"The elections over the last decade have elected a president and congress that many liberal mainliners see as anathema to the agenda they have championed over the years. The world of liberal foundationalists is coming apart. They are becoming increasingly marginalized. Just like the Evangelicals of the late 1920s and 1930s the cognitive dissonance is at a fever pitch."

Michael Kruse

Thanks ceemac.

My post will be upper later this afternoon after it has "simmered" for a while. (I swear my ability to edit is getting worse the more I try.) There is more than just this book involved but I will let my post speak for itself and you can judge whether I am over reacting.

I agree that there are some good things coming from the PPC but those products can be accomplished by other means.

Thanks for being honest with me.

will spotts

Mike - EXCELLENT ARTICLE!

LF retain control of most power positions - partly because of age, but also because there is still a vestigial embattled minority who espouse this coming out of seminaries. This minority tends for philsophical reasons to gravitate toward institutional and "mega-institutional" positions. LF will be disproportionately represented for many years to come.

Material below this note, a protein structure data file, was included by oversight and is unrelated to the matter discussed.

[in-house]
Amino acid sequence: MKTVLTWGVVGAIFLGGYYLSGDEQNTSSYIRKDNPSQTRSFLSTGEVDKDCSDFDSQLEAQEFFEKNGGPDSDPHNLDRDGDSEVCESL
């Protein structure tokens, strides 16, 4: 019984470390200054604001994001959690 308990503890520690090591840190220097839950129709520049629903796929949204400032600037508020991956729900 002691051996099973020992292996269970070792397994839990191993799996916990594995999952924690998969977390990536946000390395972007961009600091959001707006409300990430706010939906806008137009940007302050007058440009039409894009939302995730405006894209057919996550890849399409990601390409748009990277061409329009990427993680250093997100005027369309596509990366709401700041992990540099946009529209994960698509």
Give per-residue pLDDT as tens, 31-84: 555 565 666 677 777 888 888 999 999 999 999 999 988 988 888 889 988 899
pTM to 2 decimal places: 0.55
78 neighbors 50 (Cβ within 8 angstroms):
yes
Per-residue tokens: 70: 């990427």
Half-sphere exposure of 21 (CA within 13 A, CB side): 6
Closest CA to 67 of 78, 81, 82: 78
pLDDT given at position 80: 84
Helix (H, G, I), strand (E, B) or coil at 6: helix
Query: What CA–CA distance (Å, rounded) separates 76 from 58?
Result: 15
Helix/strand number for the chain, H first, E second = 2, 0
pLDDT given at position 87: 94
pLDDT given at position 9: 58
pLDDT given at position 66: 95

What strikes me as interesting is how little penetration either LF or post-liberal/Barthian philosophies make with people in the pews. My evidence is anecdotal, but I encounter large numbers of Presbyterians who are entirely unaffected by either.

I'd like to see the P removed from PPC - because there is no institutional remedy. Pointing to "good" things they publish doesn't help - because there remains no oversight possible. Unless oversight were possible or more discretion were to be used in publishing choices, then the Presbyterian Church (USA) is saddled with the baggage of the PPC. The fact is the director of the PPC publicly referred to its long history of giving preference to publishing "progressive" materials. This should not be the case as the majority of Presbyterians do not describe themselves as "left of center". Since our structure is designed to be representative this should not be the case.

Michael Kruse

Thanks Will.

"What strikes me as interesting is how little penetration either LF or post-liberal/Barthian philosophies make with people in the pews. My evidence is anecdotal, but I encounter large numbers of Presbyterians who are entirely unaffected by either."

This is my sense as well.